Yes, we’re suing Sch’dy school district

Well, it took a while, but this newspaper and the Times Union finally filed suit against the Schenec

Well, it took a while, but this newspaper and the Times Union finally filed suit against the Schenectady City School District to get hold of the famous Raucci report, the one that the school district has been at pains to conceal.

Since I am technically one of the plaintiffs, protocol dictates I keep mum about this matter and let it play out in court, and of course I will respect that.

I will merely observe that it’s a great shame it had to come to a lawsuit at all.

You may remember the precipitating event, the arrest 10 months ago of the school district’s buildings-and-ground boss, Steve Raucci, on charges of terrorizing his subordinates and others by planting explosives at their homes and spray painting their houses and vehicles.

It was quite the scandal, and the question naturally arose: How could it have happened? How could Raucci have been carrying on like this, if the charges were true, without being detected?

In an apparent effort to answer these questions — and I emphasize “apparent” — the school board commissioned an investigation, hiring for the purpose a BOCES human resources director. “It’s the board and the superintendent’s sincerest hope that a complete, diligent and transparent investigation, followed by appropriate response, will maintain the community’s confidence in the school district,” the board declared.

But, alas, that turned out to be a charade. When the investigative report was finally submitted to the board in June, then-board-president Jeff Janiszewski first pretended it was not really the report but merely an “update” and then spent more than three hours examining it with his fellow members behind closed doors.

Eventually they said would not release the report itself but only a summary of it, and then they backed away even from that and said they would not release anything.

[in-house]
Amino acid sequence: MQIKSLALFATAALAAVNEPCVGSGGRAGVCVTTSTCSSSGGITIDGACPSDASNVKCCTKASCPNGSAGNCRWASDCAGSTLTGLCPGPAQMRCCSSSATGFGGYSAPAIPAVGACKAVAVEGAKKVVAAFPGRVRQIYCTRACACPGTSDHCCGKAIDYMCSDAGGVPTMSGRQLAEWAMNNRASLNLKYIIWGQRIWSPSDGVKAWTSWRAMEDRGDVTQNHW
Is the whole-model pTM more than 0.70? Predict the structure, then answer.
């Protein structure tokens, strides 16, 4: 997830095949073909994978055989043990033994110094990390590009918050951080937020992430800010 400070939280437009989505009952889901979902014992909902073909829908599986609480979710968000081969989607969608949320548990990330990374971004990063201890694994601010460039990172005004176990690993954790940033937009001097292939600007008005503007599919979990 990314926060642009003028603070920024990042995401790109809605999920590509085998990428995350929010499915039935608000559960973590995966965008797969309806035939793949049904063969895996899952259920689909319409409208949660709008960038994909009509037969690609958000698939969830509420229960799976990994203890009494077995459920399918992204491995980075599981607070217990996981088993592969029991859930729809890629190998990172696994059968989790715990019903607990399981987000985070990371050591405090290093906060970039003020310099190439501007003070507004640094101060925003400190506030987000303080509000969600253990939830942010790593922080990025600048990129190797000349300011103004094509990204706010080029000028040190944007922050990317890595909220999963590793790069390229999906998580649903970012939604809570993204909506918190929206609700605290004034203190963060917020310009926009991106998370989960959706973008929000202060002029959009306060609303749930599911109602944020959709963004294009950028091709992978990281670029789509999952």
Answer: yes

When a Gazette reporter, a Times Union reporter, and I independently filed Freedom of Information requests for the report, we were turned down. When we appealed, we were turned down again.

When the state Committee on Open Government, however, submitted a formal legal opinion that the factual (as opposed to opinion and recommendation) parts of the report must be made public, the school district did an about-face, sort of, and said, OK, we’ll release it, which however turned out to be another charade, because what they released was 190 pages of black stripes. They blacked out everything but a few innocuous words here and there.

It was perhaps the most brazen defiance of the Freedom of Information Law I have seen in my time, though it was very much in keeping with the general attitude and way of doing business of both Janiszewski and Superintendent Eric Ely.

The remedy provided by law is what’s known as an Article 78 proceeding, by which a citizen can challenge an action of government, and that’s what we’re pursuing. We’re asking that a judge read the report and overturn the school district’s denial of it, including the estimated 10,000 e-mails that the investigator read.

My own guess, based on the few e-mails that I managed to get my hands on, is that’s where the good stuff will be. That’s where we will see the cozy relationship between Raucci and Superintendent Ely, and that’s where we will understand how Raucci was able to impose a reign of terror without fear of being brought to book.

I think it’s for good reason that Ely and Janiszewski, with the advice and counsel of their house lawyer, Shari Greenleaf, want to keep those e-mails out of the public’s hands.

Categories: Opinion

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